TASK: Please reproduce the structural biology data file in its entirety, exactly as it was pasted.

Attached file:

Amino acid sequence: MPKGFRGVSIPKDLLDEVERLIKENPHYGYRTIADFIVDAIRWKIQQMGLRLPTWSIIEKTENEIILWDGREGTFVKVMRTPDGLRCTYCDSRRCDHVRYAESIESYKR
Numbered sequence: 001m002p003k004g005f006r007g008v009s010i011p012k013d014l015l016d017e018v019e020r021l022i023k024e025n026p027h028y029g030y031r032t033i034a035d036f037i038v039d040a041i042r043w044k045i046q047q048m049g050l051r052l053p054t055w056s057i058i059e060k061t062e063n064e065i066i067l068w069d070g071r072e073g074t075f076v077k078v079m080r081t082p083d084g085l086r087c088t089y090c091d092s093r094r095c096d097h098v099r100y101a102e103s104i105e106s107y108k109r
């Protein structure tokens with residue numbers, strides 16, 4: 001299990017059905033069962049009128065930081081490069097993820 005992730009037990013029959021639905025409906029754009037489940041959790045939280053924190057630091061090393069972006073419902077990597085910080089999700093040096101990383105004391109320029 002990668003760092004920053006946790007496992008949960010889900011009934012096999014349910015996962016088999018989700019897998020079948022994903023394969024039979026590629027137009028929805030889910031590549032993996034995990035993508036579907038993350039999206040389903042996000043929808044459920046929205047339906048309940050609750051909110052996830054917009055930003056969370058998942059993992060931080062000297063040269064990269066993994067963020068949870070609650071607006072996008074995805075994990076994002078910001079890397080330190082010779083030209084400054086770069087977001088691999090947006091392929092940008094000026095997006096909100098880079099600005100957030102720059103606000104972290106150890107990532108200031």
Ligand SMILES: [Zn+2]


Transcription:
Amino acid sequence: MPKGFRGVSIPKDLLDEVERLIKENPHYGYRTIADFIVDAIRWKIQQMGLRLPTWSIIEKTENEIILWDGREGTFVKVMRTPDGLRCTYCDSRRCDHVRYAESIESYKR
Numbered sequence: 001m002p003k004g005f006r007g008v009s010i011p012k013d014l015l016d017e018v019e020r021l022i023k024e025n026p027h028y029g030y031r032t033i034a035d036f037i038v039d040a041i042r043w044k045i046q047q048m049g050l051r052l053p054t055w056s057i058i059e060k061t062e063n064e065i066i067l068w069d070g071r072e073g074t075f076v077k078v079m080r081t082p083d084g085l086r087c088t089y090c091d092s093r094r095c096d097h098v099r100y101a102e103s104i105e106s107y108k109r
């Protein structure tokens with residue numbers, strides 16, 4: 001299990017059905033069962049009128065930081081490069097993820 005992730009037990013029959021639905025409906029754009037489940041959790045939280053924190057630091061090393069972006073419902077990597085910080089999700093040096101990383105004391109320029 002990668003760092004920053006946790007496992008949960010889900011009934012096999014349910015996962016088999018989700019897998020079948022994903023394969024039979026590629027137009028929805030889910031590549032993996034995990035993508036579907038993350039999206040389903042996000043929808044459920046929205047339906048309940050609750051909110052996830054917009055930003056969370058998942059993992060931080062000297063040269064990269066993994067963020068949870070609650071607006072996008074995805075994990076994002078910001079890397080330190082010779083030209084400054086770069087977001088691999090947006091392929092940008094000026095997006096909100098880079099600005100957030102720059103606000104972290106150890107990532108200031």
Ligand SMILES: [Zn+2]